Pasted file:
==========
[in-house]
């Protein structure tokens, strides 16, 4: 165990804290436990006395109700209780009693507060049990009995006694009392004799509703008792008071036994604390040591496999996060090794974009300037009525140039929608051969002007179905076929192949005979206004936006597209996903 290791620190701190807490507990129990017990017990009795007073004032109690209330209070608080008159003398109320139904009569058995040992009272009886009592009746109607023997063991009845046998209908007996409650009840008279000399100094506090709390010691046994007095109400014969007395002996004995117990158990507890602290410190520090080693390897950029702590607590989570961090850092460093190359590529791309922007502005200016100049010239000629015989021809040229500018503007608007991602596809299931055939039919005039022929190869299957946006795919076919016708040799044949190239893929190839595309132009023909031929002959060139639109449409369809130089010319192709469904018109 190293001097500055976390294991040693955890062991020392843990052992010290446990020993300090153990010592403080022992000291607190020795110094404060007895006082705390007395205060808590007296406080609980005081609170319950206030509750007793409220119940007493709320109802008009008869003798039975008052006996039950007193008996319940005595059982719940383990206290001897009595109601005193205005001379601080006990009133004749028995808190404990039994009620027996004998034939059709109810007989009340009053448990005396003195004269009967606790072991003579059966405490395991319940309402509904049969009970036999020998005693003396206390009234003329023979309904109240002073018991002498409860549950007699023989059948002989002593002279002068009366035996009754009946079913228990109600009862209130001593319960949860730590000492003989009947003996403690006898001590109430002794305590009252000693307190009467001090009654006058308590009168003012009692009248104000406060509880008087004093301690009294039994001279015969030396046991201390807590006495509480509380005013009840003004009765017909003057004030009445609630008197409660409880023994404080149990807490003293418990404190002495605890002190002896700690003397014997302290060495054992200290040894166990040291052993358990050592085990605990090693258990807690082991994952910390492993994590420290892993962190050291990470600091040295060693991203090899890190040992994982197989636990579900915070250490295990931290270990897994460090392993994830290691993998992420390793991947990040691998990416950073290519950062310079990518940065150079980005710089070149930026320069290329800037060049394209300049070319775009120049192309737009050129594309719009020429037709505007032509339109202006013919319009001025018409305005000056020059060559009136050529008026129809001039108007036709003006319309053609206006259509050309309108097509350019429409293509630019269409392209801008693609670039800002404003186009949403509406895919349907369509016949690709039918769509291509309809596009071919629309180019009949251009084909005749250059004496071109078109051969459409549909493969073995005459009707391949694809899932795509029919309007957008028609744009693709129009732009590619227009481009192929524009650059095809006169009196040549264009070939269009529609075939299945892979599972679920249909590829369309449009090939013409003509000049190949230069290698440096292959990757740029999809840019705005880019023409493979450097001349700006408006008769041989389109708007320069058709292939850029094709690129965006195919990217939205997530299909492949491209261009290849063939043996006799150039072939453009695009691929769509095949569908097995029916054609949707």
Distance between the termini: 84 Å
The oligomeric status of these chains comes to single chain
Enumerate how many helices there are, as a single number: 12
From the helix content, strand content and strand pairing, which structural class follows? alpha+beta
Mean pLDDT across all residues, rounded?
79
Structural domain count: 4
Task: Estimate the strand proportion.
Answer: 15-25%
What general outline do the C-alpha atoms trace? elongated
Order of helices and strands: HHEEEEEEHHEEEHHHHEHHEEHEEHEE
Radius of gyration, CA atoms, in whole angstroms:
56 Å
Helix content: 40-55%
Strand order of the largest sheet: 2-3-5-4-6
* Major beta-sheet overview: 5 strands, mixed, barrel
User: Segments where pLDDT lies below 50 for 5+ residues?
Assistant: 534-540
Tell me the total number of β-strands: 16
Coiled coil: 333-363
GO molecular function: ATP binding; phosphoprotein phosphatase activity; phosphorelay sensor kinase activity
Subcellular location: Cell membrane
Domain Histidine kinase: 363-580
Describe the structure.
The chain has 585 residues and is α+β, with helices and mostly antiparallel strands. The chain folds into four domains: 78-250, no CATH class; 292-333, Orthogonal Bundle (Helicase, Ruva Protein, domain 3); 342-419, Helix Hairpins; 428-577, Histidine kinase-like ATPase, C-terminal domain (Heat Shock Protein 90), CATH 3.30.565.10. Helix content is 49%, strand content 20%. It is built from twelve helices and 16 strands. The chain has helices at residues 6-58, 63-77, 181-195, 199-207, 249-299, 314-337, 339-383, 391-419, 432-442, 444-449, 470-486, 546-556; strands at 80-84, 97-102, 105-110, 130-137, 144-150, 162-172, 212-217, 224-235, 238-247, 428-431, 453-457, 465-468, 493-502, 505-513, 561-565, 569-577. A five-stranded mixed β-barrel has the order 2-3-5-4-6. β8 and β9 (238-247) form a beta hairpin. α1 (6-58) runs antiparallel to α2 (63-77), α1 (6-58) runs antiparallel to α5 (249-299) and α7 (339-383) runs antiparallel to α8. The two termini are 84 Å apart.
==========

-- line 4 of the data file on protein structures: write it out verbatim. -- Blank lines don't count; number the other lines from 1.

The oligomeric status of these chains comes to single chain